Australia: The Land Where Time Began

A biography of the Australian continent 

Dinosaur Biology - Diseases and Pathologies

Among the pathologies found on 'Sue', the T. rex on display in the Field Museum in Chicago, is one that has been associated with the eating of red meat, also in humans, gout. One of Sue's finger bones (metacarpals) shows some characteristic, smoothly rounded pits at the joint with its first finger bone. When studied by a pathologist who compared it with the bones of living reptiles and birds it was found to be the result of gout. The hands and feet are generally affected by this extremely painful condition involving swelling and inflammation, resulting from urate crystal deposition around the joints. It can also be caused by dehydration and kidney failure. In humans a diet rich in purines, found in red meat, can also cause it. .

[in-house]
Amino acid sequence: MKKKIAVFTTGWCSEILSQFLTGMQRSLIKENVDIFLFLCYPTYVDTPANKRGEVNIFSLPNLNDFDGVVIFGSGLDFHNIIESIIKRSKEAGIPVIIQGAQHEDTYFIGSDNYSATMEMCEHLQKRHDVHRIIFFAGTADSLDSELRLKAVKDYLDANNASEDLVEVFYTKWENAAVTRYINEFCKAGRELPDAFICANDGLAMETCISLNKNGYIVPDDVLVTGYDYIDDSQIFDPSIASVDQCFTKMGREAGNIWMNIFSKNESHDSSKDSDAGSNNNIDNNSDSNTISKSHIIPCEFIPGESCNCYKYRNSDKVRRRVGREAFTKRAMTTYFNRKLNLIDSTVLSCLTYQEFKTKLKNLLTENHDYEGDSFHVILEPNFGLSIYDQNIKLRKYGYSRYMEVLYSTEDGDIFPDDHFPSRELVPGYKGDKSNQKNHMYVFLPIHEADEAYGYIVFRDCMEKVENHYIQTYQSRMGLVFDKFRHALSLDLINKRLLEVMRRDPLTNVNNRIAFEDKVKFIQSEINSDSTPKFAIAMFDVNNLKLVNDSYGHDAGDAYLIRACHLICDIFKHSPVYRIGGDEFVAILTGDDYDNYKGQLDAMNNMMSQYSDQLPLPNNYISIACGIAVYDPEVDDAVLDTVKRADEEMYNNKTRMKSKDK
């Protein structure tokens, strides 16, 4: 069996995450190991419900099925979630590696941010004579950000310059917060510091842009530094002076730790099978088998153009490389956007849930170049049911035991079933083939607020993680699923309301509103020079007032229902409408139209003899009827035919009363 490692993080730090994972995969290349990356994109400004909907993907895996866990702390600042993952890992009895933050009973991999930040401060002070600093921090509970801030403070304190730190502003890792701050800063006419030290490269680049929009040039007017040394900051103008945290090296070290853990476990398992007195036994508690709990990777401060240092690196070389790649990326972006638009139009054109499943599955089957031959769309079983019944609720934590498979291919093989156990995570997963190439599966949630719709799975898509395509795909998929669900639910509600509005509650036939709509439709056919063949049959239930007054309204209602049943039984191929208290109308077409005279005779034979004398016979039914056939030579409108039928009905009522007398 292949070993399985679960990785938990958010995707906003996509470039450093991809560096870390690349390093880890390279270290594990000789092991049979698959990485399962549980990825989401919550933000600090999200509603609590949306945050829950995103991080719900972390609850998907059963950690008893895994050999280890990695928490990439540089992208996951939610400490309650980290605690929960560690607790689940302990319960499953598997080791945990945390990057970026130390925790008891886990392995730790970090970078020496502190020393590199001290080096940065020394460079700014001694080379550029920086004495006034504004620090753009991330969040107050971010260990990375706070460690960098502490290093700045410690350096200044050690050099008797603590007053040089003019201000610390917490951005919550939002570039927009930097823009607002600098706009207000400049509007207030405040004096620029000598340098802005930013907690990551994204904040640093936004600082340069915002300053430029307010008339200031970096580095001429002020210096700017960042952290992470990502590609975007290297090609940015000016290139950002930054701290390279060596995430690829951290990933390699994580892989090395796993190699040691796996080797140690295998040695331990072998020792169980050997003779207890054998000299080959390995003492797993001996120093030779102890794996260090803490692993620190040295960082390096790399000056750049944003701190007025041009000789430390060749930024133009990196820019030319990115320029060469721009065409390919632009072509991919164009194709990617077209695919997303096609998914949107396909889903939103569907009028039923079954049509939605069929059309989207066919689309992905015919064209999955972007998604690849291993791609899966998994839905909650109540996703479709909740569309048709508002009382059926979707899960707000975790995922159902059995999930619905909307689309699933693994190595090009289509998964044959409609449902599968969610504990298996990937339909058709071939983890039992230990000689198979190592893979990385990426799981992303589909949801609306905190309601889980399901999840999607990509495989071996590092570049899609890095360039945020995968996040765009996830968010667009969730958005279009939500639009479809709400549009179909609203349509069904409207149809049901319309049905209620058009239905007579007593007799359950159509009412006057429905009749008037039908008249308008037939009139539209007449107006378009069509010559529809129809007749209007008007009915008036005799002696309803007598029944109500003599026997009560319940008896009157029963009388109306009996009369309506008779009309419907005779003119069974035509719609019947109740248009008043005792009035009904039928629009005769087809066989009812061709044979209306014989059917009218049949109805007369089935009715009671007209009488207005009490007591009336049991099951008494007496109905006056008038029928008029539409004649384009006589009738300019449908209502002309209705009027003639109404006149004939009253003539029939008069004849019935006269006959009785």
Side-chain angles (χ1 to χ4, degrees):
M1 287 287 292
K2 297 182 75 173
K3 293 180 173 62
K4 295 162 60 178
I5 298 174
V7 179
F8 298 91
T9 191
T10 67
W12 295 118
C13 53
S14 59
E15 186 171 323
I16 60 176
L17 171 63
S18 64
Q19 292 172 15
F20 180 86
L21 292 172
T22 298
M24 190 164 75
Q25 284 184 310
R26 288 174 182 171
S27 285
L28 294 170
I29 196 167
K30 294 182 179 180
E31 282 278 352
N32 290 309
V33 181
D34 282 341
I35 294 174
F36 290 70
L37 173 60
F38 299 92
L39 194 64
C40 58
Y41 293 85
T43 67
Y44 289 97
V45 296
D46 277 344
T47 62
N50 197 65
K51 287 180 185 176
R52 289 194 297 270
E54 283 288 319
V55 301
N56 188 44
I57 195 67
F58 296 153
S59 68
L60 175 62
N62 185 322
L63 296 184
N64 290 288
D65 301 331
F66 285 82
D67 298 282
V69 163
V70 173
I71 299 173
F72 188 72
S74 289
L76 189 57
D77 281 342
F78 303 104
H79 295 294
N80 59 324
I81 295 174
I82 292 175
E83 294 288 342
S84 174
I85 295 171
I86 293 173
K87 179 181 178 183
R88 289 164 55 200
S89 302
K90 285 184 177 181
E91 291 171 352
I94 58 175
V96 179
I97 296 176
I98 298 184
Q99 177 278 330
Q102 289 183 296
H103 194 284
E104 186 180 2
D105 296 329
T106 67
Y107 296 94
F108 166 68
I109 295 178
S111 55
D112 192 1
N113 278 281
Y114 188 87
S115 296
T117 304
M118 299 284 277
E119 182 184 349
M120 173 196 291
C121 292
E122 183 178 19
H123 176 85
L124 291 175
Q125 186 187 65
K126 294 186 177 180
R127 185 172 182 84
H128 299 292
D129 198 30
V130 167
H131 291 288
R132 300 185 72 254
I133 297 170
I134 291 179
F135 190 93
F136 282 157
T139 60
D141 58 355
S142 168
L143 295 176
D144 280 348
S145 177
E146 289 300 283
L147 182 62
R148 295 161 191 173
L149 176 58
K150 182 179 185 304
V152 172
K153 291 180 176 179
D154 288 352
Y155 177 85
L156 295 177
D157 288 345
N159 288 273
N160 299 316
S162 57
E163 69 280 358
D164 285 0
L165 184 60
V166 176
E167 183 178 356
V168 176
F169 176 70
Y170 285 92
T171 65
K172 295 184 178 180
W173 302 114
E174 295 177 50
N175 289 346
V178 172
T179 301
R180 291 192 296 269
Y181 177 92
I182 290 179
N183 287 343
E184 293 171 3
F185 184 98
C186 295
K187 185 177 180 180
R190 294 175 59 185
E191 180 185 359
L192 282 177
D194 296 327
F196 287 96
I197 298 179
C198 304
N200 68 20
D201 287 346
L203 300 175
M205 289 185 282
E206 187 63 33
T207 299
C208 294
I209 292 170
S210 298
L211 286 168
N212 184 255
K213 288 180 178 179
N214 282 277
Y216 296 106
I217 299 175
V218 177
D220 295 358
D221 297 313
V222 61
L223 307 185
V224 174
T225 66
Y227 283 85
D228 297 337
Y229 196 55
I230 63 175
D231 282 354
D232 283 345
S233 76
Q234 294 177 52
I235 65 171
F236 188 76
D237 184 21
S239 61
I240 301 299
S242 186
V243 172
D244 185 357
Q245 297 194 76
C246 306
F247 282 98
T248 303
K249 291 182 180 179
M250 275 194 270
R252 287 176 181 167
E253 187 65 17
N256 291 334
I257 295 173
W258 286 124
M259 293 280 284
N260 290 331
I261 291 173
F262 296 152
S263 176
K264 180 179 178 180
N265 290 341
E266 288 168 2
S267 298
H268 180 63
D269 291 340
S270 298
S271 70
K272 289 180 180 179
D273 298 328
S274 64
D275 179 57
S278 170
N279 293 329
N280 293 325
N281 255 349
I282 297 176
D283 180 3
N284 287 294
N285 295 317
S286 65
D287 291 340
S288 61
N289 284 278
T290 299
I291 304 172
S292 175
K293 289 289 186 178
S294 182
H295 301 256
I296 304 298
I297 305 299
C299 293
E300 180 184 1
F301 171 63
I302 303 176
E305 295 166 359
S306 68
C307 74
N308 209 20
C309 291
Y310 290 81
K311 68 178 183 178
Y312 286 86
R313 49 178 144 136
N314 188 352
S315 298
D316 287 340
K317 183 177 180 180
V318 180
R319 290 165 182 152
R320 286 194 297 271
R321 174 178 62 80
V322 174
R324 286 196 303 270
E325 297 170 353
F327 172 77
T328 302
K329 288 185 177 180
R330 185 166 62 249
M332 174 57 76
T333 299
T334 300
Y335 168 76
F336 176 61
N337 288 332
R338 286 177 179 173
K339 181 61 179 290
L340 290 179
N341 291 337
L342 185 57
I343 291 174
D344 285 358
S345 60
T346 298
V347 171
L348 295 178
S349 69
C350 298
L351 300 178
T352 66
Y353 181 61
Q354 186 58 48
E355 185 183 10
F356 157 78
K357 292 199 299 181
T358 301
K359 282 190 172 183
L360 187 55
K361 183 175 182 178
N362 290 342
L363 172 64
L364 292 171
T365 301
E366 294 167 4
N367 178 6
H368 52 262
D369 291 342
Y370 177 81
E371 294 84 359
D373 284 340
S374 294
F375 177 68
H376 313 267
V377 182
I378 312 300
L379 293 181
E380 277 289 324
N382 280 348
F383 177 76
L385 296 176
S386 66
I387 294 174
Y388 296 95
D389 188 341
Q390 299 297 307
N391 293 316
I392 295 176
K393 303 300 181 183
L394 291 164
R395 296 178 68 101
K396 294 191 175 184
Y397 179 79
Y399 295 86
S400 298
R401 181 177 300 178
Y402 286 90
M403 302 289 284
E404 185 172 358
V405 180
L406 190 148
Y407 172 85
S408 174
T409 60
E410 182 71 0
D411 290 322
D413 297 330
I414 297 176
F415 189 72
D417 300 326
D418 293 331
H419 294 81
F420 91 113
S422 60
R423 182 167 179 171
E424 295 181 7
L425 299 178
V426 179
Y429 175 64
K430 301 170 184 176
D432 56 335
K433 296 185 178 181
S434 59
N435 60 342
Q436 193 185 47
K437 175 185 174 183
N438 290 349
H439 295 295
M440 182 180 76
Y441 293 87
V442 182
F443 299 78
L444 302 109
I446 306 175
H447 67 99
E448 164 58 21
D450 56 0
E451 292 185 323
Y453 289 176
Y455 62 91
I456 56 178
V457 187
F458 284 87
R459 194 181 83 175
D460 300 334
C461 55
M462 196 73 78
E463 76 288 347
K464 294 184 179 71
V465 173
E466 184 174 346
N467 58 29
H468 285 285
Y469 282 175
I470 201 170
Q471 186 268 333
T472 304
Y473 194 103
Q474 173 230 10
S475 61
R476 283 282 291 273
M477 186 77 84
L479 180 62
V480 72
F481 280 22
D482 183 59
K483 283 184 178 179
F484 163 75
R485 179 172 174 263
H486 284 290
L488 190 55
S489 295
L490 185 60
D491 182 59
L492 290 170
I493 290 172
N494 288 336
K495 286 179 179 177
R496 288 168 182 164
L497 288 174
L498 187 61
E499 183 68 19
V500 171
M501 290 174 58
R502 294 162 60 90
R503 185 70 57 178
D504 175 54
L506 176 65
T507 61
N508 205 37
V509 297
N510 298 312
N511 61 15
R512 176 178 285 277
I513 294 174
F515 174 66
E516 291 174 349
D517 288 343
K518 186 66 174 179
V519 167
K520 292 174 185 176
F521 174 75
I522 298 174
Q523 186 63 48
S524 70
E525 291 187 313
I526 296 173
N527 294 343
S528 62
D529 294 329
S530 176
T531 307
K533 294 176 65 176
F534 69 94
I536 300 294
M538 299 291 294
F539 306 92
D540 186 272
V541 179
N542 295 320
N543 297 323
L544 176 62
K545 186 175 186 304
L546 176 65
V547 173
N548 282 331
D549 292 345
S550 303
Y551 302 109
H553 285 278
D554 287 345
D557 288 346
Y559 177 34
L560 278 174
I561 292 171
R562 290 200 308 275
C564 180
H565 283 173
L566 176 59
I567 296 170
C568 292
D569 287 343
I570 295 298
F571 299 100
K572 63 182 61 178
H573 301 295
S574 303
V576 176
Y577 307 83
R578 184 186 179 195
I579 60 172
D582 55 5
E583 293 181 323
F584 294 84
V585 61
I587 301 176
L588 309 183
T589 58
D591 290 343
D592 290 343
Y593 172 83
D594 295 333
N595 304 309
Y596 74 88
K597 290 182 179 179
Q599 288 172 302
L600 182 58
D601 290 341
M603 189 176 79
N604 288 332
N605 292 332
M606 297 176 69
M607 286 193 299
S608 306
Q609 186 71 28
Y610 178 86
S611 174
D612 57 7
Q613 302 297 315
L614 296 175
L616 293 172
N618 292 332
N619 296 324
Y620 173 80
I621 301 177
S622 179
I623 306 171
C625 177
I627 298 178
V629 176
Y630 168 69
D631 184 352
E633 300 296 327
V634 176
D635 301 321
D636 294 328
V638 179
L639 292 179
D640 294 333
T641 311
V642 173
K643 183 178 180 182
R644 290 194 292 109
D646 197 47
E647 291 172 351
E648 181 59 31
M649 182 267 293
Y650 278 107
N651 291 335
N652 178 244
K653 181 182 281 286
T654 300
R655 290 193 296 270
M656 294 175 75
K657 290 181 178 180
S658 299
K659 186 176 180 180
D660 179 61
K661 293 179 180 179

Sue has also been found to have a number of other pathologies, a number involving bone breakages. Some of her ribs had been broken some time before her death and healed, and other breakages that healed in her tail and spine.

The author suggests it is surprising a predator such as this particular T. rex could survive such injuries that should have incapacited her for a while. It would  be expected that an injured dinosaur would be vulnerable to attack from other predators in such a weakened state. He also suggests the the survival of such injured animals would indicate that they were either extremely durable or that they lived in a group that acted cooperatively, sometimes helping the injured individual.

Paleontologist Phil Manning4 has carried out biomechanical experiments on the repair of broken bones in dinosaurs. He demonstrated that dinosaur bone that had repaired itself was as strong or stronger at the break site than at other unbroken parts of the same bone, the opposite to what is the case in mammals, where the repaired bone is weaker. According to Manning4 the marrow cells that normally form blood cells form a callus that rapidly converts bone at the break site.